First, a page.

Boosting your baby’s immunity through “seeding”
A new trend in Australian childbirth seeks to level the playing field for babies born by Cesarean section. Seeding, though still a fringe practice, involves swabbing C-section-born babies with vaginal fluid – introducing them to the same bacteria their vaginally born counterparts benefit from.
When born naturally, babies are pushed through the birth canal, exposing them to more than 300 good bacteria. These microbes boost baby’s immunity and may even ward off disease later in life. In fact, this exposure to bacteria during birth has been such a hot topic lately that researchers are rallying to study it. One of these recent reports, published in the British Medical Journal, suggests that when C-section babies miss out on these microbes, they’re made more susceptible to chronic diseases such as asthma, allergies and diabetes.
Show us the evidence
As of now, seeding is not a scientifically proven method to strengthen immunity in newborns – and it’s not widely sanctioned by U.S. hospitals either. However, a preliminary study at New York University’s School of Medicine does show some promising first results: Doctors can significantly boost the levels of beneficial bacteria in C-section babies by performing this simple procedure. So, in short, seeding works. But without proper evidence-based research to prove the efficacy of this boost, the American College of Obstetrics and Gynecology won’t endorse the practice. So while this option may not be available to you for your current pregnancy, rest assured the medical community is hard at work testing this intriguing practice.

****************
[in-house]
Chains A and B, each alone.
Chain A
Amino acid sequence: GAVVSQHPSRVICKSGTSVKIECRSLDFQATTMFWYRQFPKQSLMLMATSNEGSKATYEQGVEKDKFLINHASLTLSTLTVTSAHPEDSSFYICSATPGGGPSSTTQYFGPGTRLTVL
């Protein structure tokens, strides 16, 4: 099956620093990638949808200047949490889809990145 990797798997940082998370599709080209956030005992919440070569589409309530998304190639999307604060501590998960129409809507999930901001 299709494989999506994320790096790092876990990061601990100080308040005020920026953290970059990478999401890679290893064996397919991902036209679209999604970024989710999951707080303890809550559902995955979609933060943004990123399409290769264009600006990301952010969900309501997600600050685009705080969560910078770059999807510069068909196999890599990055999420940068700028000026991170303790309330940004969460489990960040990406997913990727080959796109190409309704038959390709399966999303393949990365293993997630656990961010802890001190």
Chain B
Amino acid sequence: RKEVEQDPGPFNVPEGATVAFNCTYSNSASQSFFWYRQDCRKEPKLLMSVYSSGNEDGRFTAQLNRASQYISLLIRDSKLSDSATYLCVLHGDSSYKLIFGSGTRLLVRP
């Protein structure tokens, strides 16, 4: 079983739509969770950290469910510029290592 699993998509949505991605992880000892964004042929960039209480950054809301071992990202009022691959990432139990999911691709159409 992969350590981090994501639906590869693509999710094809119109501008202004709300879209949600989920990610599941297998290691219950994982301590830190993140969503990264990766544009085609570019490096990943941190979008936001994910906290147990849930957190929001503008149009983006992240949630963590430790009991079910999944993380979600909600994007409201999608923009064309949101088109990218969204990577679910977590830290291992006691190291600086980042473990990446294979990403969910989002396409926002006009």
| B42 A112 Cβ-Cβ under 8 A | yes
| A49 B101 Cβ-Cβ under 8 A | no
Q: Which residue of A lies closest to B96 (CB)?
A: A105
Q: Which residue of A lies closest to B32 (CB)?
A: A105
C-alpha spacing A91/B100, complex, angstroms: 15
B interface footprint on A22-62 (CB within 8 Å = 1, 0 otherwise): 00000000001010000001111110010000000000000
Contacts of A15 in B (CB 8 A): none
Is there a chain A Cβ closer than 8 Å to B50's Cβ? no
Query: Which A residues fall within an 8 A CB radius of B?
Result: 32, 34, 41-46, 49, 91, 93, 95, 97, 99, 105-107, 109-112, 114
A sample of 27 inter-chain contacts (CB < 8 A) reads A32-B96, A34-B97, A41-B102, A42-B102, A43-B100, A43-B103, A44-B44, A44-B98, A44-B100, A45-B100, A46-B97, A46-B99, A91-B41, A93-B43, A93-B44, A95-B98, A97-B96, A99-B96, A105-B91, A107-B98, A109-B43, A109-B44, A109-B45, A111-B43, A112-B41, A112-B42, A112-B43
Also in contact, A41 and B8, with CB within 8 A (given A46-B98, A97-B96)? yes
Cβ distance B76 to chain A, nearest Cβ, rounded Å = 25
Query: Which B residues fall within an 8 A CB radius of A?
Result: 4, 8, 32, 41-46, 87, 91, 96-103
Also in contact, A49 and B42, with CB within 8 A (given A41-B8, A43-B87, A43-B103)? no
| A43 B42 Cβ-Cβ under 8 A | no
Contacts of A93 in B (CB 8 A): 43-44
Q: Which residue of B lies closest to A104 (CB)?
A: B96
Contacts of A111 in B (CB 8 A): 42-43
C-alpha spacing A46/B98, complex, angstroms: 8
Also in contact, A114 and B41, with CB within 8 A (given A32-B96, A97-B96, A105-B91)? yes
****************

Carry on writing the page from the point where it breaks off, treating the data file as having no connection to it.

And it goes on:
Don’t try this at home
Tempted to bypass researchers and try this procedure on your own? Don’t. Seeding relies on careful handling and the safe, sterile transfer of fluids from mom to baby. What’s more, it’s crucial to ensure mom’s not carrying any harmful bacteria, such as a sexually transmitted disease, that can be shared with her little one. Lastly, seeding, if beneficial in the first place, is likely so only immediately following birth.
The bottom line
While more rigorous studying is in the works, anecdotal evidence seems to suggest that seeding may help improve health outcomes for babies born by C-section. Facing a trip to the operating room? Sit tight. This procedure may not be available to you just yet, but keep an eye on research in the near future.